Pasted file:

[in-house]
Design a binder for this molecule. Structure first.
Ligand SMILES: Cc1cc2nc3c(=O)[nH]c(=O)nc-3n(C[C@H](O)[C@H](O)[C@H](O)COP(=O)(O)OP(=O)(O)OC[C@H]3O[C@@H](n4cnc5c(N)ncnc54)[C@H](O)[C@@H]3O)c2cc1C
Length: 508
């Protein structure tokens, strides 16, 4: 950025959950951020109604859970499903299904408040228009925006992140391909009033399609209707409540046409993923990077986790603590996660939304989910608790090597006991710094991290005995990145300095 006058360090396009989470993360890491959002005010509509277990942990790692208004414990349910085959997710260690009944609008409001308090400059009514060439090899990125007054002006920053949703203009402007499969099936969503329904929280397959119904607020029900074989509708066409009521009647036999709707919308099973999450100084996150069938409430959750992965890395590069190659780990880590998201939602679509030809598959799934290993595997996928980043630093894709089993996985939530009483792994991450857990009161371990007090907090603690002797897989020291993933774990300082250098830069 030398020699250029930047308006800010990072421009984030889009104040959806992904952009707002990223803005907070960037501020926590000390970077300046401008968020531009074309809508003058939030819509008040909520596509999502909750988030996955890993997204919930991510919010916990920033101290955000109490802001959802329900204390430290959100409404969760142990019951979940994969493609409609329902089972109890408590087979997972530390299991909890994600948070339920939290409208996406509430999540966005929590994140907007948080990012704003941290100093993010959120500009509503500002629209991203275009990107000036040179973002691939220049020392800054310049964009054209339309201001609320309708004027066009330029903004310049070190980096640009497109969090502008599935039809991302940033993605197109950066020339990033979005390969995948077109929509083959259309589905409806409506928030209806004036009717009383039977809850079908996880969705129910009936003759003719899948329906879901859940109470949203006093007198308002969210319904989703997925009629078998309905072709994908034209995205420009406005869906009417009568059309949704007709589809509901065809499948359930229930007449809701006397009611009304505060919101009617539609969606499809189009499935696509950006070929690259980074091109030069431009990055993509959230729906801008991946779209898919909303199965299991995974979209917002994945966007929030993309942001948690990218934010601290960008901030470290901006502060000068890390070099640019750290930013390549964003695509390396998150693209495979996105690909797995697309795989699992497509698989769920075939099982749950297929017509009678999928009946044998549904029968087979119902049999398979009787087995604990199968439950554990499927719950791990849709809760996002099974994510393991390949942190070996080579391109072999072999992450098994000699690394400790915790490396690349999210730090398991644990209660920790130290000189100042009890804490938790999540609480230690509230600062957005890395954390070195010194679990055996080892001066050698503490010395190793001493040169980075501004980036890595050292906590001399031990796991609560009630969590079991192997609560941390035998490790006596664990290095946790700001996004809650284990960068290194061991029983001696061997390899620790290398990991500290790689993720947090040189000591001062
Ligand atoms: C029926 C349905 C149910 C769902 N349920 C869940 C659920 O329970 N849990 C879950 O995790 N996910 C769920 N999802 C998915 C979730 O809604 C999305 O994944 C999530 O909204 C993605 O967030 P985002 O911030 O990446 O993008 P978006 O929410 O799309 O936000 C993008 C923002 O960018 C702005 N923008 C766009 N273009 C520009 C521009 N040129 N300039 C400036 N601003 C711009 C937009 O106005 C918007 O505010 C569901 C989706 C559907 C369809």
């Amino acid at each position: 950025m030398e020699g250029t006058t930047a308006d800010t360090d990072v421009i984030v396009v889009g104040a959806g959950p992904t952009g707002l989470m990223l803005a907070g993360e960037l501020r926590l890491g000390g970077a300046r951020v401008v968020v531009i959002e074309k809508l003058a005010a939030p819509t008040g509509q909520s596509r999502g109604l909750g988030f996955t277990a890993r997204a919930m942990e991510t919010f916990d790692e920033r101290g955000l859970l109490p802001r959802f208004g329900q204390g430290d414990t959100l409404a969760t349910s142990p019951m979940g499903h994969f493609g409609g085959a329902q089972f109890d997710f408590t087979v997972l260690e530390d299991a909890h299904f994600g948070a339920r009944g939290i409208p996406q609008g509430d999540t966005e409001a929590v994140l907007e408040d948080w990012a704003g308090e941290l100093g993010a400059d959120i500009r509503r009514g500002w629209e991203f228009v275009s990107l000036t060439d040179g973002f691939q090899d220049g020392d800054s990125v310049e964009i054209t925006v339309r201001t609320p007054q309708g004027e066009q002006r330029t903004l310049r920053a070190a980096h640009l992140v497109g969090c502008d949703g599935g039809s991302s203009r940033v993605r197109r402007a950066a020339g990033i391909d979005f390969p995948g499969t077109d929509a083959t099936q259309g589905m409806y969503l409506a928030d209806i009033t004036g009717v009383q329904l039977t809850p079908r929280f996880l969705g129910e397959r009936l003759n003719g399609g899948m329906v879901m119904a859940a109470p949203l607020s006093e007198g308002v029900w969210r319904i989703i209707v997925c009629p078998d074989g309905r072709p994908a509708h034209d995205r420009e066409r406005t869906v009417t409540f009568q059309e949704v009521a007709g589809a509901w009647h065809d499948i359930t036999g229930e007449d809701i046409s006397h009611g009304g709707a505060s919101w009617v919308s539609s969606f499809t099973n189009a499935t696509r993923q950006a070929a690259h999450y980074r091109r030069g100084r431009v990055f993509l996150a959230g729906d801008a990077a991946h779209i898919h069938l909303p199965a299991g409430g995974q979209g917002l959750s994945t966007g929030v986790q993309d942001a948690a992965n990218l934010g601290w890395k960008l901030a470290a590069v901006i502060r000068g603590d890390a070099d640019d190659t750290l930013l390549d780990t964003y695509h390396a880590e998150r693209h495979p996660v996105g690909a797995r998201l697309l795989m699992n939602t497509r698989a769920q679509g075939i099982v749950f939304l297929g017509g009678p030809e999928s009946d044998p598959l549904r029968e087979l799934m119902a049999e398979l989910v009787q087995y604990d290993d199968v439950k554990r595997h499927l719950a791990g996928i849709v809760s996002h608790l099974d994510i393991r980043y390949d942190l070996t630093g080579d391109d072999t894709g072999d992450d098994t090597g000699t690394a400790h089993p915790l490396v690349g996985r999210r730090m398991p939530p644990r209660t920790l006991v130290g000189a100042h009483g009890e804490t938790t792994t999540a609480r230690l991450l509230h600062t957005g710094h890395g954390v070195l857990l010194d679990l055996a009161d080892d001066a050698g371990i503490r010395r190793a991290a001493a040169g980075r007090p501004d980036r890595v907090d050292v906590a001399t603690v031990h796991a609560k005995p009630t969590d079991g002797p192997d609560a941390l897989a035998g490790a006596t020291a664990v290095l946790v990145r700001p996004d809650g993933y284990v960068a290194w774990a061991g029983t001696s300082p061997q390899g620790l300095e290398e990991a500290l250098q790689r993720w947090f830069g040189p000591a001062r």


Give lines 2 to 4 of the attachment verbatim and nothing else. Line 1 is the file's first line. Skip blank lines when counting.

Design a binder for this molecule. Structure first.
Ligand SMILES: Cc1cc2nc3c(=O)[nH]c(=O)nc-3n(C[C@H](O)[C@H](O)[C@H](O)COP(=O)(O)OP(=O)(O)OC[C@H]3O[C@@H](n4cnc5c(N)ncnc54)[C@H](O)[C@@H]3O)c2cc1C
Length: 508